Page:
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FPL Customers in Flagler Will Again Pay Nuke Surcharge for Plants at Least 10 Years Off

| October 2, 2013

FPL likes to describe its Turkey Point nuclear power plant as being located on an 11,000-acre tract "s dominated by protected mangrove swamps." An aerial view of the nuclear plant shows the two reactors' dominant towers.

FPL likes to describe its Turkey Point nuclear power plant as being located on an 11,000-acre tract “s dominated by protected mangrove swamps.” An aerial view of the nuclear plant shows the two reactors’ dominant towers.

Florida Power & Light customers will pay nearly $43.5 million next year for nuclear-power projects, including $16.2 million for a plan to eventually build two new reactors in Miami-Dade County, state regulators decided Tuesday. Most of Palm Coast and Flagler County is served by FPL.

The project costs will have relatively little impact on customers’ monthly bills. A residential customer who uses 1,000 kilowatt hours of electricity a month will pay about 46 cents. This year, FPL customers are paying $1.65 a month.

But the costs are part of a broader debate about a 2006 law that has allowed FPL and Duke Energy Florida to collect money for nuclear projects that will not produce electricity for years — if ever. The controversy has particularly focused on Duke, which in August announced that it would scrap plans to build two reactors in Levy County after the utility and its predecessor, Progress Energy Florida, collected hundreds of millions of dollars from customers.

Those customers are not getting their money back–nor would FPL customers get money back should the company eventually decide to alter or scrap its nuclear-power plans for South Florida. (Turkey point is 24 miles south of Miami.) Utility companies, including FPL, have increasingly found that natural gas-powered plans tend to be the more cost-effective as natural gas resources (and known domestic reserves) have grown significantly in recent years, lowering the price of natural gas, while nuclear power plant construction costs have continued to surge.

The $16.2 million approved Tuesday by the state Public Service Commission will go toward licensing, permitting and engineering for FPL’s proposal to build reactors at its Turkey Point complex in Miami-Dade. The reactors would begin producing electricity in 2022 and 2023 and are ultimately projected to cost $12.7 billion to $18.5 billion. But last month, the Miami herald reported that FPL told regulators that “it can’t guarantee what new reactors will cost consumers, when the reactors will deliver energy, or even if it will get a license to finish the job.”

The year 2022 is the earliest possible for the completion of the project. Nuclear projects have notoriously run overtime and over budget.

Public Service Commission members said they think the project remains cost-effective, at least in part because nuclear reactors save money long-term on fuel expenses. Also, Commissioner Eduardo Balbis said Florida needs to diversify its energy supply, as the state has become increasingly reliant on natural gas to fuel power plants and as environmental constraints likely will prevent building coal-fired plants.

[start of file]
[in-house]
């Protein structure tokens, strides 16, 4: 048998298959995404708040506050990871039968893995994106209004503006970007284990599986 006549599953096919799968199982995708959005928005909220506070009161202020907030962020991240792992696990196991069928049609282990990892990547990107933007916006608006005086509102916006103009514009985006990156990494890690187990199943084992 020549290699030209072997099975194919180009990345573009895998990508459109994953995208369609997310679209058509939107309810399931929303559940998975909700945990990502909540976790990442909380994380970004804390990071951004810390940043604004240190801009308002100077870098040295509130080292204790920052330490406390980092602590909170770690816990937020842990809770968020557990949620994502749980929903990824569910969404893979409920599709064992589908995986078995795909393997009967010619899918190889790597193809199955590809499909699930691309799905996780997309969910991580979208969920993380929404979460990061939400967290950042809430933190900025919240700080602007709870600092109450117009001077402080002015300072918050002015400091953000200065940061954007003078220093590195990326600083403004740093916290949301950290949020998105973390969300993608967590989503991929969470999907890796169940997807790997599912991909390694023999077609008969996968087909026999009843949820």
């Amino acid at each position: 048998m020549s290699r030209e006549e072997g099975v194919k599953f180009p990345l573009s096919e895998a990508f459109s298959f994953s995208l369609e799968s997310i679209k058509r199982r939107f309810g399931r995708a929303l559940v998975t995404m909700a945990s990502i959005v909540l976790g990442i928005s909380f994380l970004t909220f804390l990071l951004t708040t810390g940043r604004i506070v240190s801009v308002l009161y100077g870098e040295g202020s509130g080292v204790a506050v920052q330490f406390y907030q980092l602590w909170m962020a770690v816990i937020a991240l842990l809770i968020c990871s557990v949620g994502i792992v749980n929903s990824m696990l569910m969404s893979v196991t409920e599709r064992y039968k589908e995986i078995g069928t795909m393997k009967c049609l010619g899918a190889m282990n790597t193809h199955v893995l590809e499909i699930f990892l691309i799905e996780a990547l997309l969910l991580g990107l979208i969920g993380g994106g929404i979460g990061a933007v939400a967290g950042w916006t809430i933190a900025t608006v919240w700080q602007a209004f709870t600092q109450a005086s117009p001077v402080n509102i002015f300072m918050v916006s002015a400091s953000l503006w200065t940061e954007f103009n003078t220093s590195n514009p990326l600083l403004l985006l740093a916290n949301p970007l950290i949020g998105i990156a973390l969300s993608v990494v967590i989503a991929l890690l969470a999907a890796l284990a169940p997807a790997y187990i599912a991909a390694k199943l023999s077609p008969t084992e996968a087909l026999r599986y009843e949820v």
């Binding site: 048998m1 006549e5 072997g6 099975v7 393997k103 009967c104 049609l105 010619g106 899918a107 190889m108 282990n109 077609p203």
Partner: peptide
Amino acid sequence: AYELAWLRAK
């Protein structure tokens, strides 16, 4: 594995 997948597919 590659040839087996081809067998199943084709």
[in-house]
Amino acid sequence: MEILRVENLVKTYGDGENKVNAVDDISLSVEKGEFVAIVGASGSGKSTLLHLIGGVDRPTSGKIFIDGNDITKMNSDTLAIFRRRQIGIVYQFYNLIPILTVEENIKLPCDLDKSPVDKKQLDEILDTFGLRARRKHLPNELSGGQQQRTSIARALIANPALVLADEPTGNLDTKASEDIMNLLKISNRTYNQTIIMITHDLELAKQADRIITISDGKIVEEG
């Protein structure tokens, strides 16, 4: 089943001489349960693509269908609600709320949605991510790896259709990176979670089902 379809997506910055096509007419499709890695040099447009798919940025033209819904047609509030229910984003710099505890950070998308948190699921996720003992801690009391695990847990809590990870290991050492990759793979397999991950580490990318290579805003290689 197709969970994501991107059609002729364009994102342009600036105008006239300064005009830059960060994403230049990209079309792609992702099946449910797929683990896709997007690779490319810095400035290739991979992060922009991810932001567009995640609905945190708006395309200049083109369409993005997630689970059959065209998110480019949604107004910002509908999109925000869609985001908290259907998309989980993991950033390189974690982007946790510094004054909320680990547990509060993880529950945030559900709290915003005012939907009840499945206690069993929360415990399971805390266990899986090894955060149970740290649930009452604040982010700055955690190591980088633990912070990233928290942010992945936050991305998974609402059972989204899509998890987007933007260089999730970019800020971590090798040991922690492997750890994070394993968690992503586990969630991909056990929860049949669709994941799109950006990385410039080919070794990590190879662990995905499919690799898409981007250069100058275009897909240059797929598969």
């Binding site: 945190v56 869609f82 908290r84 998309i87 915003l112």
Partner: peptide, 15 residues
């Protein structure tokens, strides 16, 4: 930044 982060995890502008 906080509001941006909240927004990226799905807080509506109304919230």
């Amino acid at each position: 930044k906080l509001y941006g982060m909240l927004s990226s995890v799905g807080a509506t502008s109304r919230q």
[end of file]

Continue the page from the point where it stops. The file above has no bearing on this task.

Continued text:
“I’m glad to see Florida Power & Light is proceeding with this project,” Balbis said before the commission voted unanimously to approved the costs.

State Public Counsel J.R. Kelly, whose office represents consumers in utility issues, said he did not object to the $16.2 million for the proposed reactors.

“They’ve taken a step approach, and we didn’t have any issues with that,” Kelly said.

But the Southern Alliance for Clean Energy, which has long fought against the nuclear costs, issued a statement saying the Public Service Commission played “lap dog” to FPL. The group contends, in part, that customers are paying for proposed reactors that likely will never generate electricity.


“The system is clearly broken in Florida in terms of energy planning — we have a PSC beholden to big power companies that time-after-time turns a blind eye to the realities that every day Floridians are facing,” Stephen A. Smith, executive director of the Southern Alliance, said in a prepared statement.

The remainder of the $43.5 million that customers will pay next year stems from projects to upgrade existing FPL reactors. Those projects are finished, but FPL said the costs are related to reconciling projections against actual expenses. The Office of Public Counsel raised objections about the upgrade projects because of costs that were higher than projected.

While a 1,000-kilowatt-hour residential customer will pay 46 cents a month in the nuclear costs next year, that is down from $1.65 in nuclear costs that the customer pays this year.

–Jim Saunders, News Service of Florida, and FlaglerLive

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2 Responses for “FPL Customers in Flagler Will Again Pay Nuke Surcharge for Plants at Least 10 Years Off”

  1. John Adams says:

    You can put your hands up now. The robbery is taking place. Hand over your wallet to the FPL masked men.

  2. Sherry Epley says:

    In my mind, this is exactly what happens when we shed the “big bad government” (NOT!) and privitize virtually everything, but especially vital services. We need to move control of our public utilities back into the hands of the voter. NO NUKES IN FLORIDA!

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